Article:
Dominic said, “We tried to stay as true to the original Irani cafes as possible. Fortunately we had this beautiful 19th century interior with these decorative ceilings.” A key feature of the Irani cafes was an abundance of mirrors on the walls to make the space seem bigger and create more light.
This has been replicated in Chaakoo, where the walls are lined with mirrors framed in dark wood panelling. Explains Dominic, “The first four mirrors on the front left-hand wall are the originals from Fáilte. We thought those were fantastic as they were in the spirit of the Bombay cafes so we replicated them throughout. The walls themselves are actually what used to be the old Irish newspaper pages that once covered the walls in Fáilte so all we did was paint over them to give it a rustic plaster look.”
A section of single tables extends from the front-facing windows to the bar, with banquette seating on one side and pendant ribbed white light fittings hanging above. To the right are a number of larger booths that face the bar. All the booth seating is upholstered by Ian Graham Upholstery in an aged brown leather sourced from International Leather Products Ltd, which adds to the vintage feel, as does the dark green paint used on the walls and four original pillars in the front section. More authentic nods to the old Irani cafes are the tables tops in white Carrara marble with brass surrounds and a mix of Rattan and Bentwood bistro chairs used throughout. Pairs of large white glass orbs set on black metal sconces (wall brackets) line the walls, and more hang above the bar on long chains, blending well with the 1950s style. “We managed to source these fantastic light fittings that are original retro cafe style lighting from the 1940s/50s and that was really effective,” said Dominic.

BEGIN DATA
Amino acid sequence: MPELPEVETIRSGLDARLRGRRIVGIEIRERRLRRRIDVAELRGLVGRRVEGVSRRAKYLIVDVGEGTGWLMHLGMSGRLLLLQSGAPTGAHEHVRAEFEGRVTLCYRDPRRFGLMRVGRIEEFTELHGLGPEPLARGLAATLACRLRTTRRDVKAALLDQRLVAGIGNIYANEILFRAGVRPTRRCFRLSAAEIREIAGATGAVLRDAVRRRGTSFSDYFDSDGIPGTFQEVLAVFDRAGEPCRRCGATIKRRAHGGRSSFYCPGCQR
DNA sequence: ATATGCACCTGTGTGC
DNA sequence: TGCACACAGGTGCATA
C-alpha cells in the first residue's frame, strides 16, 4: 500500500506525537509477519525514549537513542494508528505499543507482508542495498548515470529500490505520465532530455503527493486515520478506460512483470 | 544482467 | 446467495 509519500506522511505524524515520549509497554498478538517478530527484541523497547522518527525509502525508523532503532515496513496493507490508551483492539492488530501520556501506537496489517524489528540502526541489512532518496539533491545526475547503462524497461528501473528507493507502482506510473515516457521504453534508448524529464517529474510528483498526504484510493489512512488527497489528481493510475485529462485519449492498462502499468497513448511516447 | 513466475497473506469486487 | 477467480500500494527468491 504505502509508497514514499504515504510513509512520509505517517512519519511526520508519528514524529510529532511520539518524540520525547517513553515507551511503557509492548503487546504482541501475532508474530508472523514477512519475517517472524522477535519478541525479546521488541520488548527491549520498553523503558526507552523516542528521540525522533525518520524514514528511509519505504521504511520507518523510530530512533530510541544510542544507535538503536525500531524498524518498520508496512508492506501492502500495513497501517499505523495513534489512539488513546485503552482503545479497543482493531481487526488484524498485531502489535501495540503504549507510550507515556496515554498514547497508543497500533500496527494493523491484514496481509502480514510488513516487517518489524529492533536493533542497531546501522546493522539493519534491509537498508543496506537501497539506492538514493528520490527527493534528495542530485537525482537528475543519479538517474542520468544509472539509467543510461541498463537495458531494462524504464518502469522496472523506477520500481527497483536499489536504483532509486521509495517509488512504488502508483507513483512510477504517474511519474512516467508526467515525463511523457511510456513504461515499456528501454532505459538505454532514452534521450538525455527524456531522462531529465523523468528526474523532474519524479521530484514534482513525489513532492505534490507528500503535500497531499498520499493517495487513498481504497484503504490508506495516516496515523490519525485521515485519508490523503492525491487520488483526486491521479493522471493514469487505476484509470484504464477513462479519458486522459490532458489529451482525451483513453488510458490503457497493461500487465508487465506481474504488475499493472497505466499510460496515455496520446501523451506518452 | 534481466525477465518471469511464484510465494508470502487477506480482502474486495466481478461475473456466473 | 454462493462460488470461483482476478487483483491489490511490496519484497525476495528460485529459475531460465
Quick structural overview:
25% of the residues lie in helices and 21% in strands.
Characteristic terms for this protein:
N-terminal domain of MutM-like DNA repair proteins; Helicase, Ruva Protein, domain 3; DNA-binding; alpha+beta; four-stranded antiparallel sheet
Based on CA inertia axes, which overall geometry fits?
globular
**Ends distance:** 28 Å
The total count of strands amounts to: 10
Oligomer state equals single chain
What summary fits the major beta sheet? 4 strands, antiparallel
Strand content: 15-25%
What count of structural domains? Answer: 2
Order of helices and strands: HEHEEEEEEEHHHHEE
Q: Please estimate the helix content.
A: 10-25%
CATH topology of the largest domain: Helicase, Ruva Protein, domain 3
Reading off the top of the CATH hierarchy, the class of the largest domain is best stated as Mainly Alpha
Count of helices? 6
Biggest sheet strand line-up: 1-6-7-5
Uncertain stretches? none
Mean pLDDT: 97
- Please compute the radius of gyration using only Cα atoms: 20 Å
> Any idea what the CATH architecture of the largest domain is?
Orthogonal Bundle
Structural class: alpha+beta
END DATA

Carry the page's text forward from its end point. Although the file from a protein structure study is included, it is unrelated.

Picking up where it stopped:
While the original flooring was in too poor a condition to be restored, Dominic used it as his inspiration and has replicated the herringbone wood flooring using reclaimed French oak, which sits alongside a repeating pattern of square cream ceramic tiles with olive green and grey frames. The large bar is made of dark wood, a metal pipe gantry with brass detailing at the front, more dark wood cabinets and mirrors behind, and a luxurious white marble top.